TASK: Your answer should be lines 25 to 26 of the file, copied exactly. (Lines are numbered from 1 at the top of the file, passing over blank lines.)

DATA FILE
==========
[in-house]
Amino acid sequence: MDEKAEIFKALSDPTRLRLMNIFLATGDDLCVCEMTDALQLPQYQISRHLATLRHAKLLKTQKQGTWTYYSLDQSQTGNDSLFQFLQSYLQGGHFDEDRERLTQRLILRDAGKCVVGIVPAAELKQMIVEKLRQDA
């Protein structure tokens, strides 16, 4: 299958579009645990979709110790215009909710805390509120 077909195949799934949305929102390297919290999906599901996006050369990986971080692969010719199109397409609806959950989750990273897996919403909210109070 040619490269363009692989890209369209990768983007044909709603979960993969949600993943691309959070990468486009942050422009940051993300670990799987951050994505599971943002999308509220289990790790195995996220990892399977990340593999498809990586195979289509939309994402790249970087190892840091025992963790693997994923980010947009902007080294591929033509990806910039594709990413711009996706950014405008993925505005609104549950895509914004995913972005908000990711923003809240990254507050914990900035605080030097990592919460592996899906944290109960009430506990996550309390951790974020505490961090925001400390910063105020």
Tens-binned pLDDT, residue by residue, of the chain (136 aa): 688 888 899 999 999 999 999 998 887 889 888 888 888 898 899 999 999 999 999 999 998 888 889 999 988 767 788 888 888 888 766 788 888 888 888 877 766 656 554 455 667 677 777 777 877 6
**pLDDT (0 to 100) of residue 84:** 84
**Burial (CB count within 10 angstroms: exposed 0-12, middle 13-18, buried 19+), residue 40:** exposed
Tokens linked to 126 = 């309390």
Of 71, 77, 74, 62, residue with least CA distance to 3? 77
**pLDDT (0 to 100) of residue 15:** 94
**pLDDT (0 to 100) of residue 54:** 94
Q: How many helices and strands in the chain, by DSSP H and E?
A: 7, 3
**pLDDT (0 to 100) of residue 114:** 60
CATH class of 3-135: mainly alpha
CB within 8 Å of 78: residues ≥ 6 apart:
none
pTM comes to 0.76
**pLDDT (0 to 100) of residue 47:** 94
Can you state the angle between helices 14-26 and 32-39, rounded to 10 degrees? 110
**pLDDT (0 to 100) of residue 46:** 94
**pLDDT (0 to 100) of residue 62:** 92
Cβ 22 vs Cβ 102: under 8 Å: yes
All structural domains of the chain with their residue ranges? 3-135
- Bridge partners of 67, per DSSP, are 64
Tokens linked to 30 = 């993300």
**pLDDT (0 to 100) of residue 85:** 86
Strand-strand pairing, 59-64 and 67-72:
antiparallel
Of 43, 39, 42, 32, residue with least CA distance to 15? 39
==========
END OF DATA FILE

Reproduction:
Tokens linked to 30 = 């993300």
**pLDDT (0 to 100) of residue 85:** 86